Orlando Sentinel's view

There was absolutely nothing wrong with the Aviator, a functional five-passenger sport utility vehicle that Lincoln sold from 2003 to 2005, except for timing and heritage.

The Aviator was built on the same truckish platform as the Ford Explorer and Mercury Mountaineer. That heritage would have been fine, but it came about a decade too late, because just as the Aviator hit the market, the consumer tide turned away from truck-based SUVs to the more carlike crossover SUVs, so named because they crossed over from the car side, rather than the truck side. The poor Aviator was doomed the moment it rolled into the showroom.

Its replacement is the MKX, which is everything the Aviator wasn’t: Light on its feet, powered by a 265-horsepower V-6 instead of an old-school V-8, and extremely handsome, assuming you like your SUV styled like a boiled egg. Personally, I do. Just as the Aviator was based on the Ford Explorer, the MKX is based on the Ford Edge, and Lincoln designers have done a nice job of making the MKX look like a Lincoln, largely through a toothy but appropriate grille.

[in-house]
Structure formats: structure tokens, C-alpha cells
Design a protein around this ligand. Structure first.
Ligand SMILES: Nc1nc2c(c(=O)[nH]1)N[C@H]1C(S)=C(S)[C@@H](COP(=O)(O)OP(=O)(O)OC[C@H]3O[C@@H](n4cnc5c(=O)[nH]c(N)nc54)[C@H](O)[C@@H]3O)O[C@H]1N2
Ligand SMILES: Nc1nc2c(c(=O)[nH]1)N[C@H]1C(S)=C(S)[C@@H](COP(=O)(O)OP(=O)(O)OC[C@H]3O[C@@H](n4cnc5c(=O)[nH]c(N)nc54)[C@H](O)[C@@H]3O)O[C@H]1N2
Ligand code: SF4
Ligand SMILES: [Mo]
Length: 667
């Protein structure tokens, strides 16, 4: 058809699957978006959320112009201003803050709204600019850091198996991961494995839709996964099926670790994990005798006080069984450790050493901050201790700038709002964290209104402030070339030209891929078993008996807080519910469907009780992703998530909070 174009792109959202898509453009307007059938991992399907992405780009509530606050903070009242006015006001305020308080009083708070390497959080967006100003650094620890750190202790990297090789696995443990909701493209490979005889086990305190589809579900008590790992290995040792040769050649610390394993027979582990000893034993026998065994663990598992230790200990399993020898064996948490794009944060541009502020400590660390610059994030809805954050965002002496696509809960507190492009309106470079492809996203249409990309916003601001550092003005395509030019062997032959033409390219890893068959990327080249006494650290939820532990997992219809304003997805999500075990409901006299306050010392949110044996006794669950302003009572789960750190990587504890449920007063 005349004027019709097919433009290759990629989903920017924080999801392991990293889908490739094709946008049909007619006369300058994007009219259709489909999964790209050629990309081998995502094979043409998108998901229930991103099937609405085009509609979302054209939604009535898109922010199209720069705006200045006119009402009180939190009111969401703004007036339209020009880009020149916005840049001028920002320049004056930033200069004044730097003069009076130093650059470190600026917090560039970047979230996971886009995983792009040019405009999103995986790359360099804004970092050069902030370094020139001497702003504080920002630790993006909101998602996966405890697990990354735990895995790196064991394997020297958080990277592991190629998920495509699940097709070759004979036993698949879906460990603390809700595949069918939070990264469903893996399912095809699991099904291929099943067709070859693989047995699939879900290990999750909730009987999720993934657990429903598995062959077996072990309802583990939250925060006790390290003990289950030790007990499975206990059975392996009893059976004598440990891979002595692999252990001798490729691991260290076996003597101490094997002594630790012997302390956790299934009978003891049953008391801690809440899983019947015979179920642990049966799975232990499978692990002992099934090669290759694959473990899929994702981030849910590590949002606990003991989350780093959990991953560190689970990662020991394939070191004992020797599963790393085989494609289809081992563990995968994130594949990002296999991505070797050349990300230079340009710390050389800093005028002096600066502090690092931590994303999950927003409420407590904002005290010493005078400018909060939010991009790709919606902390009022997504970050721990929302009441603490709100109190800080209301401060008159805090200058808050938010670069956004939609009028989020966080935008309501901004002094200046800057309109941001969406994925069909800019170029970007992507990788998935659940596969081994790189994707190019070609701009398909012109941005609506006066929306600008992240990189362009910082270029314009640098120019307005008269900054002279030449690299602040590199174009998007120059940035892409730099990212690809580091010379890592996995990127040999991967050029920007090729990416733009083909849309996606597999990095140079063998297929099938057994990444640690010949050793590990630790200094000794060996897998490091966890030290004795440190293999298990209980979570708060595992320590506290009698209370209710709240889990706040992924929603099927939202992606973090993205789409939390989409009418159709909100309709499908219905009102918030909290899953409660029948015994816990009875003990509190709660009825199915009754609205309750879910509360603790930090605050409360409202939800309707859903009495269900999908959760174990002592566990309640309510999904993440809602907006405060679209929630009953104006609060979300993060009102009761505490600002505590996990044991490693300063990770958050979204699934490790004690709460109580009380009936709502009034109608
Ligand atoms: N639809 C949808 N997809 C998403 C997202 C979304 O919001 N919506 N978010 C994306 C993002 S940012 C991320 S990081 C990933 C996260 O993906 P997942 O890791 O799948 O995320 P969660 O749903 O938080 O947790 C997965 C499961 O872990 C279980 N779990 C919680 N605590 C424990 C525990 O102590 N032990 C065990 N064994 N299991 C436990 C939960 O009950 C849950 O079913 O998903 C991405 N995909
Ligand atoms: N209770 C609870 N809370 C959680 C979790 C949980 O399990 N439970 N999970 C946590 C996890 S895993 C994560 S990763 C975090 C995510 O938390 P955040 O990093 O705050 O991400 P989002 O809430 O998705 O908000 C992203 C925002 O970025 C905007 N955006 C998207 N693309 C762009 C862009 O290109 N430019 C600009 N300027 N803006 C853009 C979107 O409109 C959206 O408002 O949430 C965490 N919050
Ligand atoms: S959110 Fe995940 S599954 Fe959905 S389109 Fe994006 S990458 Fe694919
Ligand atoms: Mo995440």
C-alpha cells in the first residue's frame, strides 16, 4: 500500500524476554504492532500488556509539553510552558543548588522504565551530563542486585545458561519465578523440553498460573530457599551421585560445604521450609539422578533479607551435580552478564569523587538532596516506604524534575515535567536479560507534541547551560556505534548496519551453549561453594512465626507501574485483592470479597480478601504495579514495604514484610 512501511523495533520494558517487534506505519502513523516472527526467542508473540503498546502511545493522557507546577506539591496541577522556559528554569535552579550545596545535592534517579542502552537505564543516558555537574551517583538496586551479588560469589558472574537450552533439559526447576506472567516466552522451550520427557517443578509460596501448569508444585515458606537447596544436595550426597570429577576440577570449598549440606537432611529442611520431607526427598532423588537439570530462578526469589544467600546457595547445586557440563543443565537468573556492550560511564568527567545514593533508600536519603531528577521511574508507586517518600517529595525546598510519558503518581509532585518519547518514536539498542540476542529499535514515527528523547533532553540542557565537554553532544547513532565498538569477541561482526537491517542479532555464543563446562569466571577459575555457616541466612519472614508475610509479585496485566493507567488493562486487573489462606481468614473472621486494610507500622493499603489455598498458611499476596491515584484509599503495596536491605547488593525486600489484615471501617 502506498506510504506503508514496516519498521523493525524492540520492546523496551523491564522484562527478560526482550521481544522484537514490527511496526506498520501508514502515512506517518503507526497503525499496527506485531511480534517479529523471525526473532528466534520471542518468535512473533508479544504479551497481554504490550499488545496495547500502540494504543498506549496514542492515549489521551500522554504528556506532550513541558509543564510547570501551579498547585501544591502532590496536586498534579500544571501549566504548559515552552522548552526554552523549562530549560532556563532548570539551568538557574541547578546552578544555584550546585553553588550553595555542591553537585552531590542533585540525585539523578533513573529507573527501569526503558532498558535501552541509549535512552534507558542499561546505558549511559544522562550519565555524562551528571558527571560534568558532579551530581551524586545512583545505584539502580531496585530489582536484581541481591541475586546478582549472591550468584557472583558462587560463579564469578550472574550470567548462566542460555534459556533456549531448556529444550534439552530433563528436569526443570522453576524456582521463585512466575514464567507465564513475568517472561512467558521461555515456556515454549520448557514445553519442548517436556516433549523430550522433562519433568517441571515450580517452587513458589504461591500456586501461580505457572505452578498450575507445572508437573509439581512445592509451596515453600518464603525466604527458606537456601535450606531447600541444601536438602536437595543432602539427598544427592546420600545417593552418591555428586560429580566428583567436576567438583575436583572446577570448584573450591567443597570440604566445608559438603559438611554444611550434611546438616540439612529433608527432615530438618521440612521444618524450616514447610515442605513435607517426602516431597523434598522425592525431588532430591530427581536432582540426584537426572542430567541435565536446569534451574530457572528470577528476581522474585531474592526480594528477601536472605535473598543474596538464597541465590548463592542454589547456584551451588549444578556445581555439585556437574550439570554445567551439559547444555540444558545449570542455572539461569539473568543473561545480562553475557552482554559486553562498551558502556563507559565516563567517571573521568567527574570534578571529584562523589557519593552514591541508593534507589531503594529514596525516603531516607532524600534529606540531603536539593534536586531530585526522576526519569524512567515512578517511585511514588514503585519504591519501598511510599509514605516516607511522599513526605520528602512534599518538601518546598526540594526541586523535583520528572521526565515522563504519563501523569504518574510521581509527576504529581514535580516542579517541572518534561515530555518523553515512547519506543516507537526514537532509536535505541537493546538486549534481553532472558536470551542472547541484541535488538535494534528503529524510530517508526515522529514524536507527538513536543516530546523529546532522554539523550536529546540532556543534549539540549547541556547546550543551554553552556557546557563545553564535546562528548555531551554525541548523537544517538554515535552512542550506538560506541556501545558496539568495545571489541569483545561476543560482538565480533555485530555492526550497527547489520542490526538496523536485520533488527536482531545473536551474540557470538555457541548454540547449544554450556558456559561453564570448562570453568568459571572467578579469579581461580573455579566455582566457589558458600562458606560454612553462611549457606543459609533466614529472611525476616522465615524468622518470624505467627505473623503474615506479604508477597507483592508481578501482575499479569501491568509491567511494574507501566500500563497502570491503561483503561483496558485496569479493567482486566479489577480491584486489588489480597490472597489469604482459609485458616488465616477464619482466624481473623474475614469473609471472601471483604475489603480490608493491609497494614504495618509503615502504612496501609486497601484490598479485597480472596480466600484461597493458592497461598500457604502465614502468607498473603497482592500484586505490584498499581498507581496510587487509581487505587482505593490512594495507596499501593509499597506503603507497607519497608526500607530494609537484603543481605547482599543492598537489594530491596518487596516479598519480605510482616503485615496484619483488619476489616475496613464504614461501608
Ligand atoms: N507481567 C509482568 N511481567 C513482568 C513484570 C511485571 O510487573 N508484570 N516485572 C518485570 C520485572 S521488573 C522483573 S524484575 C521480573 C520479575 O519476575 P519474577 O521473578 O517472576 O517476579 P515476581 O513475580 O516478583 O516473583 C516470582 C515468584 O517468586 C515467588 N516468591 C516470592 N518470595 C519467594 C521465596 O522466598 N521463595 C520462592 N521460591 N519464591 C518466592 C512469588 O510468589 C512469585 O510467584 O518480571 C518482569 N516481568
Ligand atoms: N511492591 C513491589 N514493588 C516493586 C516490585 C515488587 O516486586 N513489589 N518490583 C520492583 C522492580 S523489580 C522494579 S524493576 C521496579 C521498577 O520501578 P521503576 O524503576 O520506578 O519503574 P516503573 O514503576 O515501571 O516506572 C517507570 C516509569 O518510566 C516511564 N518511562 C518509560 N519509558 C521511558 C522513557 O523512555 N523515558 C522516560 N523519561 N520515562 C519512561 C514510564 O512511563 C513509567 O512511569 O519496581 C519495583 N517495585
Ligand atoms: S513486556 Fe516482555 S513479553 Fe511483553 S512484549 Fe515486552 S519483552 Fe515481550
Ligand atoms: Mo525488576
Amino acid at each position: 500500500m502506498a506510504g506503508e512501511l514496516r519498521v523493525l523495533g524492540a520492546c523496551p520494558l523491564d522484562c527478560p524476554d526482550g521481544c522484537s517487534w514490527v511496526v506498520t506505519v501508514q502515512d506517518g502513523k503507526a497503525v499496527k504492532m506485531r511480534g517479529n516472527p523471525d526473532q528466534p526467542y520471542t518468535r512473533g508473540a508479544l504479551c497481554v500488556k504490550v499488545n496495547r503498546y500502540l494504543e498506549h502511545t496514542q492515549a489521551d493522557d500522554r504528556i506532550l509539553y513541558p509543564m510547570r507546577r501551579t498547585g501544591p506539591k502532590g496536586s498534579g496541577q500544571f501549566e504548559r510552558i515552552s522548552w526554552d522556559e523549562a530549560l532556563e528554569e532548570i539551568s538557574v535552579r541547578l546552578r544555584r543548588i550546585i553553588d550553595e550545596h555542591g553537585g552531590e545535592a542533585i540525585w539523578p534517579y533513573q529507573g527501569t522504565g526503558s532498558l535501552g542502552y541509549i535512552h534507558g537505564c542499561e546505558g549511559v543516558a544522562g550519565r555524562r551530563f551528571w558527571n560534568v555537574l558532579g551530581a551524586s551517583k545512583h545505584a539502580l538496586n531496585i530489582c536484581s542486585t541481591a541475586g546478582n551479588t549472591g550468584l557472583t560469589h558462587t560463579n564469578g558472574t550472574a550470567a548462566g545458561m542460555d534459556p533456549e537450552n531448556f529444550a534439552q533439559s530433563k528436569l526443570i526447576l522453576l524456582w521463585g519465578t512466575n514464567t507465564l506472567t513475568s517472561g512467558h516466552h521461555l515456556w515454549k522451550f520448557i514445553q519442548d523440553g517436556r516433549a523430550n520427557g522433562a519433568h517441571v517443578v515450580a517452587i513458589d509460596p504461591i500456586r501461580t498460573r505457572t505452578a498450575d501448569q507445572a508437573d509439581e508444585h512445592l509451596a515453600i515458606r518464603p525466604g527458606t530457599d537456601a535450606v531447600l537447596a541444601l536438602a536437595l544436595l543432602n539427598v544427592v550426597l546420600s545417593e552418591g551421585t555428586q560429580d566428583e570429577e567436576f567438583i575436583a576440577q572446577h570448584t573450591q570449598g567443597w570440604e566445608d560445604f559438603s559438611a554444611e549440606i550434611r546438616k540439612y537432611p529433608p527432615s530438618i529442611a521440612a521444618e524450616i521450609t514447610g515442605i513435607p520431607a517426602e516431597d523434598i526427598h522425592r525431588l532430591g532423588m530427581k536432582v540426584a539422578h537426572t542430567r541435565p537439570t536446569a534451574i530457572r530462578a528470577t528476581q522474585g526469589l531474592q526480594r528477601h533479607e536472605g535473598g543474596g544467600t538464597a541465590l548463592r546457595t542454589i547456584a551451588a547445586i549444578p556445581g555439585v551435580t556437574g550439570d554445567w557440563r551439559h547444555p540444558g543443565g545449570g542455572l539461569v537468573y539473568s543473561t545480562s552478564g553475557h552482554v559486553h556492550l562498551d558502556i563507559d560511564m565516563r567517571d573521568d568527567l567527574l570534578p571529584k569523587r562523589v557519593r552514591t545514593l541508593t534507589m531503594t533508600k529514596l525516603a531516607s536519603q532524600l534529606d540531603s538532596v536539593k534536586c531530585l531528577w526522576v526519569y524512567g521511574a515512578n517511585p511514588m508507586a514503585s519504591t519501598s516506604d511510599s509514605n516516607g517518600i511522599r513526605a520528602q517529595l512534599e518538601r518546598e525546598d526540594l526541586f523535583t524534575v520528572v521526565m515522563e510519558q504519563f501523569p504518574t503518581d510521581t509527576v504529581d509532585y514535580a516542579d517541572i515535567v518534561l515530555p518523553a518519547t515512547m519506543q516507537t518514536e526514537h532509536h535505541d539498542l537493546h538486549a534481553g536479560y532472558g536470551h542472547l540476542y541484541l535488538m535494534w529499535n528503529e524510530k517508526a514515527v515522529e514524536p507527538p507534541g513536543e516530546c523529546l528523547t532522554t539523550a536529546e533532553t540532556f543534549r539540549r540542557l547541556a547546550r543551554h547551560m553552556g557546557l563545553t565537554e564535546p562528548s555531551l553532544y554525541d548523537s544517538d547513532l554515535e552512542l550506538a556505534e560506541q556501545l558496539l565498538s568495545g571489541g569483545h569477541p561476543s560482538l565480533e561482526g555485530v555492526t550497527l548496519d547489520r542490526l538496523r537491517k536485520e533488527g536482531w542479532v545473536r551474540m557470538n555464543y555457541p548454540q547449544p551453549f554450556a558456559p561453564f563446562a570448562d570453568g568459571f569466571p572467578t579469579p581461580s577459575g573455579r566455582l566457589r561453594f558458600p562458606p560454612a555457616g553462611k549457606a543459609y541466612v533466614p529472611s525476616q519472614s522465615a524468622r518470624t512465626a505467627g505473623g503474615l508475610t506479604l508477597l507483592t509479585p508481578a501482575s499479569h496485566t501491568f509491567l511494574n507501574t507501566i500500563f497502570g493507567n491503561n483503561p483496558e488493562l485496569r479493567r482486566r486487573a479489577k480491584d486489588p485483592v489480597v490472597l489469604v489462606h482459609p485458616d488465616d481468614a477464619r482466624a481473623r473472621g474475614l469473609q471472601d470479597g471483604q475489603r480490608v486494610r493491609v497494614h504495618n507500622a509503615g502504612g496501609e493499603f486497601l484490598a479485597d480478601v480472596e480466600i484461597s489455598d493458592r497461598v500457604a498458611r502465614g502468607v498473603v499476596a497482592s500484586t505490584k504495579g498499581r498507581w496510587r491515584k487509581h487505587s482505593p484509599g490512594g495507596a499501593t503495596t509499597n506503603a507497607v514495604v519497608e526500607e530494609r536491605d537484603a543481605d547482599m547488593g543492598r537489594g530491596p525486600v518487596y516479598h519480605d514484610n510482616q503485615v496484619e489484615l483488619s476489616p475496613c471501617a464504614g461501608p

This is a good place to remind you that this SUV is the Lincoln MKX, not to be confused with the Lincoln MKZ, but of course it will be, as whatever Ford Mensa member who thought that an SUV and a car could successfully forge separate identities with a name that differs by one letter of the alphabet is dreaming. I keep them straight by remembering that the MKZ used to be the Zephyr, the Ford Fusion-based sedan.

None of this is the fault of the MKX, which is a very well-appointed sport-ute that is, as you’d expect, more at home at the valet parking stand than roughing it on the trails, even with the optional all-wheel-drive. It holds its own next to some tough competition, which ranges from the Cadillac SRX to the Lexus RX350.

Standard equipment includes big 18-inch tires and machined aluminum wheels, leather upholstery, wood trim, an excellent stereo with an in-dash six-CD player, stability control and side and side-curtain airbags. Options on the all-wheel-drive test model included “White Chocolate Tricoat” paint ($495), heated and cooled front seats, autodimming side mirrors, chrome wheels, a reverse sensing system and the pricey ($4,795) “Elite Package,” which added a panoramic sunroof, Sirius satellite radio, a DVD navigation system and the knockout THX upgrade to the audio system. At the end, the base price of $35,770 swelled to $44,385.

Inside, luxury abounds, nicely executed. On the road, the MKX was a bit more sensitive to bumps than Lincoln customers might want, but the tradeoff, crisp handling, makes up for it. It may not be as rugged as an Aviator, but the MKX hits the crossover bullseye.

Sentinel Automotive Editor Steven Cole Smithcan be reached at

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